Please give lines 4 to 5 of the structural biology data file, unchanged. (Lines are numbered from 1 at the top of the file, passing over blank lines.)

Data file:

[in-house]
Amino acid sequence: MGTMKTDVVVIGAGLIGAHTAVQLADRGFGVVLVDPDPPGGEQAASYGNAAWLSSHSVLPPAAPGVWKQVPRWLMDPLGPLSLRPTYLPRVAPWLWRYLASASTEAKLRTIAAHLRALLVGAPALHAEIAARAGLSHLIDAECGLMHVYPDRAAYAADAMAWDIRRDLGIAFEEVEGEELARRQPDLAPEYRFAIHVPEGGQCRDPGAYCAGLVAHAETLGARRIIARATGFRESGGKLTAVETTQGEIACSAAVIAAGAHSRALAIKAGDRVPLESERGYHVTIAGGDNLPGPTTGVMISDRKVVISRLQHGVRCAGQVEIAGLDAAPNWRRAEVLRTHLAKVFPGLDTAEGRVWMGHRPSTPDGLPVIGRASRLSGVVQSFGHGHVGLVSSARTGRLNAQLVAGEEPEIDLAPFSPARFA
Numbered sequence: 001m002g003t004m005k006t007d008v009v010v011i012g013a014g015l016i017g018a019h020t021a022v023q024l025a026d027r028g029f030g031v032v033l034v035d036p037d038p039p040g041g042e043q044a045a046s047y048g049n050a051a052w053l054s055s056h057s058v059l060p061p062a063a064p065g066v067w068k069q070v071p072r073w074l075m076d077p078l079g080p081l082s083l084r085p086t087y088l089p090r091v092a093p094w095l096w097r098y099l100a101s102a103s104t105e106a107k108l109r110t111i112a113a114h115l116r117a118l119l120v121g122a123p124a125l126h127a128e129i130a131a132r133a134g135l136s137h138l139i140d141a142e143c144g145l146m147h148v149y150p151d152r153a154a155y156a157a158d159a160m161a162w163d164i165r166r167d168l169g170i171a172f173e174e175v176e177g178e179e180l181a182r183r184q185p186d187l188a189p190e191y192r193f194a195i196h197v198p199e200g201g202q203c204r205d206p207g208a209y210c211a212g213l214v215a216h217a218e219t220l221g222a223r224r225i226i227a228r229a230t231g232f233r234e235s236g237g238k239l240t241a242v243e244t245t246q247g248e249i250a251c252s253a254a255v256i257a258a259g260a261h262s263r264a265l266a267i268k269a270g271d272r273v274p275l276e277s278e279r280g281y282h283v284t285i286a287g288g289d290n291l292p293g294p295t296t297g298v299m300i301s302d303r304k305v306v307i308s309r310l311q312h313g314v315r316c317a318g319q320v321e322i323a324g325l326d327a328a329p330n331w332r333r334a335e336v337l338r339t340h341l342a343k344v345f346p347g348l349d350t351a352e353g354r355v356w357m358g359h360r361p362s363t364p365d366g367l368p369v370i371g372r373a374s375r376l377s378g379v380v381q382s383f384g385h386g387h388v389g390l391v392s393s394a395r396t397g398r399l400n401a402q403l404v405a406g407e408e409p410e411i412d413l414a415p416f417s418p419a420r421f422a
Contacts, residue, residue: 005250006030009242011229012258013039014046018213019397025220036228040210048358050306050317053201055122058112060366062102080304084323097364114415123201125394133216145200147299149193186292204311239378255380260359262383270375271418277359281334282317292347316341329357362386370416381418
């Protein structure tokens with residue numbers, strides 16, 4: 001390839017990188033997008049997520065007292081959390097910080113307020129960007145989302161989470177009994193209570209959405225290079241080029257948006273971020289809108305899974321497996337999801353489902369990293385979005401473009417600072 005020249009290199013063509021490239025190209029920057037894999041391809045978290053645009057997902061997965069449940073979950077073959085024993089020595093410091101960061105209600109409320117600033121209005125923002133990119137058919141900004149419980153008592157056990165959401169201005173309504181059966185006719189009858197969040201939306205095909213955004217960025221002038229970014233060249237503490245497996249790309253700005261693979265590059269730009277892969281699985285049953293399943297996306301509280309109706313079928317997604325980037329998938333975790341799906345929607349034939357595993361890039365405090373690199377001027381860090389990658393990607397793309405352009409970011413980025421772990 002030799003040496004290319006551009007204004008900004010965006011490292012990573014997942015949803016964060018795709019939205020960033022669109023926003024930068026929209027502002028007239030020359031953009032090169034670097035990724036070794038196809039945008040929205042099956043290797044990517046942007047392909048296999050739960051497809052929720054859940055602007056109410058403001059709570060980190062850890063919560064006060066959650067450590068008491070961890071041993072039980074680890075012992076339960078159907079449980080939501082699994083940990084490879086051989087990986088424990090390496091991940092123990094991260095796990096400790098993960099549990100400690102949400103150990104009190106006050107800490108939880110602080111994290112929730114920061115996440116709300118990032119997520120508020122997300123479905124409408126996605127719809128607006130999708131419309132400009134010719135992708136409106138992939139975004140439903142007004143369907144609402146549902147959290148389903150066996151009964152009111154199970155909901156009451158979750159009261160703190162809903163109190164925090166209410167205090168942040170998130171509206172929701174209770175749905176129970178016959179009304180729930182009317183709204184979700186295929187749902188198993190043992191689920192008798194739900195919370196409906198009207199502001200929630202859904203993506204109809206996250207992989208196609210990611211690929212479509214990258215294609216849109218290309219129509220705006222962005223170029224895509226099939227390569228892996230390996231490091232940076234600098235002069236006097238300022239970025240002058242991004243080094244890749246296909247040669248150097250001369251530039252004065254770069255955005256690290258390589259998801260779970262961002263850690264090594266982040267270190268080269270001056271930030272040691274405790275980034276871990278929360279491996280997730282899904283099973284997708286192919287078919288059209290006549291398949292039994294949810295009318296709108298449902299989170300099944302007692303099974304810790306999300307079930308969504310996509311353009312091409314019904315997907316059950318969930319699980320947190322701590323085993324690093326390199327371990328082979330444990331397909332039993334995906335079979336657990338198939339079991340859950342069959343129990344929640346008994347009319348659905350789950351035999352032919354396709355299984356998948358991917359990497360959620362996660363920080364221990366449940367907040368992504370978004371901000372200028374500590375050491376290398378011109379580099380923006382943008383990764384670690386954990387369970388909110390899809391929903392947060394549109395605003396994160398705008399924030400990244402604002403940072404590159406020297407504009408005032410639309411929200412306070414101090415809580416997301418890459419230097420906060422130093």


Contacts, residue, residue: 005250006030009242011229012258013039014046018213019397025220036228040210048358050306050317053201055122058112060366062102080304084323097364114415123201125394133216145200147299149193186292204311239378255380260359262383270375271418277359281334282317292347316341329357362386370416381418
């Protein structure tokens with residue numbers, strides 16, 4: 001390839017990188033997008049997520065007292081959390097910080113307020129960007145989302161989470177009994193209570209959405225290079241080029257948006273971020289809108305899974321497996337999801353489902369990293385979005401473009417600072 005020249009290199013063509021490239025190209029920057037894999041391809045978290053645009057997902061997965069449940073979950077073959085024993089020595093410091101960061105209600109409320117600033121209005125923002133990119137058919141900004149419980153008592157056990165959401169201005173309504181059966185006719189009858197969040201939306205095909213955004217960025221002038229970014233060249237503490245497996249790309253700005261693979265590059269730009277892969281699985285049953293399943297996306301509280309109706313079928317997604325980037329998938333975790341799906345929607349034939357595993361890039365405090373690199377001027381860090389990658393990607397793309405352009409970011413980025421772990 002030799003040496004290319006551009007204004008900004010965006011490292012990573014997942015949803016964060018795709019939205020960033022669109023926003024930068026929209027502002028007239030020359031953009032090169034670097035990724036070794038196809039945008040929205042099956043290797044990517046942007047392909048296999050739960051497809052929720054859940055602007056109410058403001059709570060980190062850890063919560064006060066959650067450590068008491070961890071041993072039980074680890075012992076339960078159907079449980080939501082699994083940990084490879086051989087990986088424990090390496091991940092123990094991260095796990096400790098993960099549990100400690102949400103150990104009190106006050107800490108939880110602080111994290112929730114920061115996440116709300118990032119997520120508020122997300123479905124409408126996605127719809128607006130999708131419309132400009134010719135992708136409106138992939139975004140439903142007004143369907144609402146549902147959290148389903150066996151009964152009111154199970155909901156009451158979750159009261160703190162809903163109190164925090166209410167205090168942040170998130171509206172929701174209770175749905176129970178016959179009304180729930182009317183709204184979700186295929187749902188198993190043992191689920192008798194739900195919370196409906198009207199502001200929630202859904203993506204109809206996250207992989208196609210990611211690929212479509214990258215294609216849109218290309219129509220705006222962005223170029224895509226099939227390569228892996230390996231490091232940076234600098235002069236006097238300022239970025240002058242991004243080094244890749246296909247040669248150097250001369251530039252004065254770069255955005256690290258390589259998801260779970262961002263850690264090594266982040267270190268080269270001056271930030272040691274405790275980034276871990278929360279491996280997730282899904283099973284997708286192919287078919288059209290006549291398949292039994294949810295009318296709108298449902299989170300099944302007692303099974304810790306999300307079930308969504310996509311353009312091409314019904315997907316059950318969930319699980320947190322701590323085993324690093326390199327371990328082979330444990331397909332039993334995906335079979336657990338198939339079991340859950342069959343129990344929640346008994347009319348659905350789950351035999352032919354396709355299984356998948358991917359990497360959620362996660363920080364221990366449940367907040368992504370978004371901000372200028374500590375050491376290398378011109379580099380923006382943008383990764384670690386954990387369970388909110390899809391929903392947060394549109395605003396994160398705008399924030400990244402604002403940072404590159406020297407504009408005032410639309411929200412306070414101090415809580416997301418890459419230097420906060422130093």